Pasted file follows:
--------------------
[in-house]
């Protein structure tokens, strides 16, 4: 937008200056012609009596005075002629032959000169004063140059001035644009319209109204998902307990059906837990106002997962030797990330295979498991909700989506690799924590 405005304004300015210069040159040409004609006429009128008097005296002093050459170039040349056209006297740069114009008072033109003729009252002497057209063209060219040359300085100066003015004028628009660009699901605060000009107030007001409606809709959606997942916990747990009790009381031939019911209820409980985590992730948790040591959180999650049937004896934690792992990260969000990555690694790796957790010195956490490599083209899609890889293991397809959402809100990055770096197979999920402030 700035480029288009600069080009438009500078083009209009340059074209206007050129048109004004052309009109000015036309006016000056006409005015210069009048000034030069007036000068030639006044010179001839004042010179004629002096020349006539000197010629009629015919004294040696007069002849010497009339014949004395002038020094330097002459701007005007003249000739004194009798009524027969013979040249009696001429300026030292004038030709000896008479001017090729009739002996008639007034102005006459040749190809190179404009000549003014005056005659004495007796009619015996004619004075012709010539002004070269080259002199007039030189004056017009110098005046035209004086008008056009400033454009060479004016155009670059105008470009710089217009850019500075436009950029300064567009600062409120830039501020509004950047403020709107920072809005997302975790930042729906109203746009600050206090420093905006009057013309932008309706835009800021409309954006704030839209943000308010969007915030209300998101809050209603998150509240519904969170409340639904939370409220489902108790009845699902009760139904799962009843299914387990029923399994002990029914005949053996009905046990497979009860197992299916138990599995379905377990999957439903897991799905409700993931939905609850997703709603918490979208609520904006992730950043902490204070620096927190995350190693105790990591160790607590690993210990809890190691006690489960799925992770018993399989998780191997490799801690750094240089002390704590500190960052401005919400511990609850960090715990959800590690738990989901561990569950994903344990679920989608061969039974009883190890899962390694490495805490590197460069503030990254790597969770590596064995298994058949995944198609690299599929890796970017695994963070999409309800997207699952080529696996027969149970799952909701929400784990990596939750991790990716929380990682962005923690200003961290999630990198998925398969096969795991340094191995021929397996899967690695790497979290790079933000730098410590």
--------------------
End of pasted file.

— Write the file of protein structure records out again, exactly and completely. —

[in-house]
């Protein structure tokens, strides 16, 4: 937008200056012609009596005075002629032959000169004063140059001035644009319209109204998902307990059906837990106002997962030797990330295979498991909700989506690799924590 405005304004300015210069040159040409004609006429009128008097005296002093050459170039040349056209006297740069114009008072033109003729009252002497057209063209060219040359300085100066003015004028628009660009699901605060000009107030007001409606809709959606997942916990747990009790009381031939019911209820409980985590992730948790040591959180999650049937004896934690792992990260969000990555690694790796957790010195956490490599083209899609890889293991397809959402809100990055770096197979999920402030 700035480029288009600069080009438009500078083009209009340059074209206007050129048109004004052309009109000015036309006016000056006409005015210069009048000034030069007036000068030639006044010179001839004042010179004629002096020349006539000197010629009629015919004294040696007069002849010497009339014949004395002038020094330097002459701007005007003249000739004194009798009524027969013979040249009696001429300026030292004038030709000896008479001017090729009739002996008639007034102005006459040749190809190179404009000549003014005056005659004495007796009619015996004619004075012709010539002004070269080259002199007039030189004056017009110098005046035209004086008008056009400033454009060479004016155009670059105008470009710089217009850019500075436009950029300064567009600062409120830039501020509004950047403020709107920072809005997302975790930042729906109203746009600050206090420093905006009057013309932008309706835009800021409309954006704030839209943000308010969007915030209300998101809050209603998150509240519904969170409340639904939370409220489902108790009845699902009760139904799962009843299914387990029923399994002990029914005949053996009905046990497979009860197992299916138990599995379905377990999957439903897991799905409700993931939905609850997703709603918490979208609520904006992730950043902490204070620096927190995350190693105790990591160790607590690993210990809890190691006690489960799925992770018993399989998780191997490799801690750094240089002390704590500190960052401005919400511990609850960090715990959800590690738990989901561990569950994903344990679920989608061969039974009883190890899962390694490495805490590197460069503030990254790597969770590596064995298994058949995944198609690299599929890796970017695994963070999409309800997207699952080529696996027969149970799952909701929400784990990596939750991790990716929380990682962005923690200003961290999630990198998925398969096969795991340094191995021929397996899967690695790497979290790079933000730098410590």